L293 Motor Driver

Fortunately, you don’t have to worry about all the circuits discussed above. There is a discrete IC (L293) that will handle all the electronics internally. The L293 is the most commonly used motor driver in robotics.

The IC is divided into two channels, one channel contains one motor and its control signals. So one side of the IC (pin 1 to 8) is channel 1 and the other side (pin 9 to 16) is channel 2. You can see that each side has an enable pin (pins 1 and 9) they are used to turn ON/OFF the control for that channel.

The pins labelled as Motor +ve and Motor -ve (pins 3,6,11, and 14) is where the motor has to be connected and the Logic A and Logic B (pins 2,7,10, and 15) are where the control signal to that particular motor has to be given.

Vcc1 (pin16) is the supply for the IC and should not exceed 5V. Vcc2 (pin 8) is the supply for the motors (high voltage high current supply). The two Vcc are internally isolated. The ground (-ve terminal) of both the supplies (Eg., 5v for IC and 12v for motors) should be connected to the ground pins (pins 4,5,12, and 13).

Choosing the right motor driver

As your robot size increases, you will find that you need bulkier motors which draw more current from the supply to carry the payload. L293 can supply up to 1 Amp per channel if your motors draws more current then there is the L298 which can supply upto 2 Amps per channel.

If your motor still needs more current (that’s got to be one hell of a motor) then you have to build your own motor driver like the one shown in the circuits above. You might need to replace the transistors in the circuits with suitable (current rating) MOSFETs.

Speed Control Techniques

The speed control of a DC motor is always done by controlling the input supply voltage. There are various methods used to vary the speed of the input voltage such as the potential divider method and the variable resistance method. But those methods are lossy as they linearly cut the current. An effective way to achieve voltage control (thereby speed control) is to use Pulse Width Modulation (PWM).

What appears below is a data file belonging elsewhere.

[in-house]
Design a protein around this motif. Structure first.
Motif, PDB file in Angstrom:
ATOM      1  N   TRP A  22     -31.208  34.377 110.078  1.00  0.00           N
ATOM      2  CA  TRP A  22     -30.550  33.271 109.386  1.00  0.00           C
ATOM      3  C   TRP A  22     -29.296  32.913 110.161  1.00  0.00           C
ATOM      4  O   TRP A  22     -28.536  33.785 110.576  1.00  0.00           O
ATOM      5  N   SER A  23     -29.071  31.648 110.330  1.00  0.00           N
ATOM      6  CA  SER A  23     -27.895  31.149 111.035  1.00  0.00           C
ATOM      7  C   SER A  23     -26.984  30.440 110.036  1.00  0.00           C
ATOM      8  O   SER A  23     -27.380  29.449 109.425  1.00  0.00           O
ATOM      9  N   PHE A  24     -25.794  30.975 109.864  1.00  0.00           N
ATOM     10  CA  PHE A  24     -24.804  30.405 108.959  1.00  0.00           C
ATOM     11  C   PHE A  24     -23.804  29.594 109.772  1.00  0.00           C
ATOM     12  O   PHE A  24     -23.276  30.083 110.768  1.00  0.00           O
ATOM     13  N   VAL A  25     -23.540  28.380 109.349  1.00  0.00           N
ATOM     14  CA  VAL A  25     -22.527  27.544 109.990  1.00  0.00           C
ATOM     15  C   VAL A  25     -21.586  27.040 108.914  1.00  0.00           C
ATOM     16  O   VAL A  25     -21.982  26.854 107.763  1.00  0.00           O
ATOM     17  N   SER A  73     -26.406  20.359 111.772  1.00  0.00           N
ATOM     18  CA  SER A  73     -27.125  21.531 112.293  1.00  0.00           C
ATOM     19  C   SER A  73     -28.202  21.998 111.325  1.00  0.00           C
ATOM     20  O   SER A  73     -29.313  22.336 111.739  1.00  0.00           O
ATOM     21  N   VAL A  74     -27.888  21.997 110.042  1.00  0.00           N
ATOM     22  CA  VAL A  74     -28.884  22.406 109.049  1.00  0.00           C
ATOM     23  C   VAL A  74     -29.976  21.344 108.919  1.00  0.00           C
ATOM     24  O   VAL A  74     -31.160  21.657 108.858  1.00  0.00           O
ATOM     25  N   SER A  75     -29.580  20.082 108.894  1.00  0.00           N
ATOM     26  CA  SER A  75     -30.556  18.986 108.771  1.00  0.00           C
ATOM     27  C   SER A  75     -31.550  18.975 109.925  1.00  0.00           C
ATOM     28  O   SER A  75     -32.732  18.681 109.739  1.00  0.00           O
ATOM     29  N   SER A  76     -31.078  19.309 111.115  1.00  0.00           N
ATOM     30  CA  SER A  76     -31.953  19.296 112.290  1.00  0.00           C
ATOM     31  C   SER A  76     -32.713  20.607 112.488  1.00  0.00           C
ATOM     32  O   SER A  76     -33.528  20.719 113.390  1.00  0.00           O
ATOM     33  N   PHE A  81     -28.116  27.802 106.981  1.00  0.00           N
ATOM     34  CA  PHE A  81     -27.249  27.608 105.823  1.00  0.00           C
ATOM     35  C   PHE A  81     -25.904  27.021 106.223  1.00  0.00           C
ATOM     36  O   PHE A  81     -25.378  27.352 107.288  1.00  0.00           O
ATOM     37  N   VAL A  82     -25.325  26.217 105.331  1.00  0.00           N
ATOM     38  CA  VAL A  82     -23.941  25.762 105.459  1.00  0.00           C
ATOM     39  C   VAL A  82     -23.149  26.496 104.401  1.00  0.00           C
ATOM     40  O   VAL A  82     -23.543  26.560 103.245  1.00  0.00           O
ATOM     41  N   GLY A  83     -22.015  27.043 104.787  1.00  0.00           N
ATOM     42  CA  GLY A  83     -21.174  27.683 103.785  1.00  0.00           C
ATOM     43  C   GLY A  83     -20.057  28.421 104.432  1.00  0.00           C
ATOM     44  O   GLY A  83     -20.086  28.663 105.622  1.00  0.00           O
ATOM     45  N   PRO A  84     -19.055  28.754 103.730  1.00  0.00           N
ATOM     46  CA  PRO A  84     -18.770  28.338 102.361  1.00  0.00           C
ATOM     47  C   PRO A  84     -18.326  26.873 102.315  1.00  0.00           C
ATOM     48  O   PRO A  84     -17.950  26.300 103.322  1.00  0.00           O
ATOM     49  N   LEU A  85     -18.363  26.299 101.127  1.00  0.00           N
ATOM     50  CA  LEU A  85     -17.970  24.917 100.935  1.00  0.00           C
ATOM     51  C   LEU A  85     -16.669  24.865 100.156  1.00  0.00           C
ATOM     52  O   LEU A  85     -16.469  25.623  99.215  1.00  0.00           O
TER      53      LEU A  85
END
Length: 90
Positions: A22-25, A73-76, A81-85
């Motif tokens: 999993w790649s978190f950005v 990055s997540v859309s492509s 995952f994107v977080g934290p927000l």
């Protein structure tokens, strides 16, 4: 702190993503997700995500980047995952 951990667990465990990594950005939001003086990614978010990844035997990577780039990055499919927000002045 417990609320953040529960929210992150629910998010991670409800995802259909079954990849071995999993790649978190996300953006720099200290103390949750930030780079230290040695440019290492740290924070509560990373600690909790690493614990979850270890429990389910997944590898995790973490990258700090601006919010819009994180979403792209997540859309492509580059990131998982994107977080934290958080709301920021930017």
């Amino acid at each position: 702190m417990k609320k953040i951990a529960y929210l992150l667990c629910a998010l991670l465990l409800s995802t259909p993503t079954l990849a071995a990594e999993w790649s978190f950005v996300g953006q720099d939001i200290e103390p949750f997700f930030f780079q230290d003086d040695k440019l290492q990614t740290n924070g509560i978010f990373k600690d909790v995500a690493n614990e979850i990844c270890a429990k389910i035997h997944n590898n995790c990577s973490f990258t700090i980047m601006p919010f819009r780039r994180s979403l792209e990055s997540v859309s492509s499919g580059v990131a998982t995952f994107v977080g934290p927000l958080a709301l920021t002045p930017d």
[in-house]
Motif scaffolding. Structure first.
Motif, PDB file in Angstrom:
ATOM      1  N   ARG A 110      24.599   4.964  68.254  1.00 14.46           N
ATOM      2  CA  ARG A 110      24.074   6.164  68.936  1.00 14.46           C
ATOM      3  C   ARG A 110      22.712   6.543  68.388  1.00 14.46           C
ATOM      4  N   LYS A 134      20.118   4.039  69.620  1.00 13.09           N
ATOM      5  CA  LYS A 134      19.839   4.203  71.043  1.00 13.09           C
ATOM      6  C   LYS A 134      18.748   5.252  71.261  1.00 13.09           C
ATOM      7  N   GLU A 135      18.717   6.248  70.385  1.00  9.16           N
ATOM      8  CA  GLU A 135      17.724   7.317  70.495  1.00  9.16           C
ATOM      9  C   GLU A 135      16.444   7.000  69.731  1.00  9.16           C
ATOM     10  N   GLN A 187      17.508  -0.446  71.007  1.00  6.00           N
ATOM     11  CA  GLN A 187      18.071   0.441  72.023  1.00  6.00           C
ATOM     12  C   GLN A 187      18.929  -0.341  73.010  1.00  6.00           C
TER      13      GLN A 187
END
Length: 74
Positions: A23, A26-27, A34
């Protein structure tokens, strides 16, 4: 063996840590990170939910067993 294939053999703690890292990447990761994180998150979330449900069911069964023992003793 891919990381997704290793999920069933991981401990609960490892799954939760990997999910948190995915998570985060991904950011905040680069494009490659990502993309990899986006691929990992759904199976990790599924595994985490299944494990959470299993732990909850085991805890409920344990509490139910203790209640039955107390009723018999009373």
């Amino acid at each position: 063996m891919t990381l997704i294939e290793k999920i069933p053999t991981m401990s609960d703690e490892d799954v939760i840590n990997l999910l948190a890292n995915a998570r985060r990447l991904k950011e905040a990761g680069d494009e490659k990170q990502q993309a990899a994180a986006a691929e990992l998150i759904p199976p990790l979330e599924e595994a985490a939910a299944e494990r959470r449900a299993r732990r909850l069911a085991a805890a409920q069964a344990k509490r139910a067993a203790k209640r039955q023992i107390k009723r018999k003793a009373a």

Pulse Width Modulation (PWM) Techniques

In this method, the width of the pulse is varied while the frequency of the pulse train is kept constant. In other words, the ON time of a pulse is varied while a total time period T is maintained constant.

As the figure illustrates, the width of the pulse has been changed from the first pulse train to the next pulse train. The ratio of the ON time to the total time T is called as the duty cycle. Duty cycle is always expressed in percentage or as fraction.

Now that you know what PWM is, lets discuss why we need it and how it can be used to vary the voltage and hence vary the speed of the motor.

Speed Control with PWM

When such PWM signals are given to the motors, they are turned ON for some time and turned OFF for some time. By varying the ON time, we are varying the time of exposure of the supply to the motors. Hence the average voltage supplied is varied.

So if we give 75% duty cycle, we are giving 75% of the supply to the load (motor). Similarly, when we give 20% duty, we will be giving only 20% of the total supply to load.

This signal is given to the enable pin of the L293 to control its speed. In case of a MOSFET based drive, this signal is given to the gate terminal of the MOSFET.

In a future post I will explain the generation of PWM with PIC microcontroller and the calculation for producing the desired duty cycle.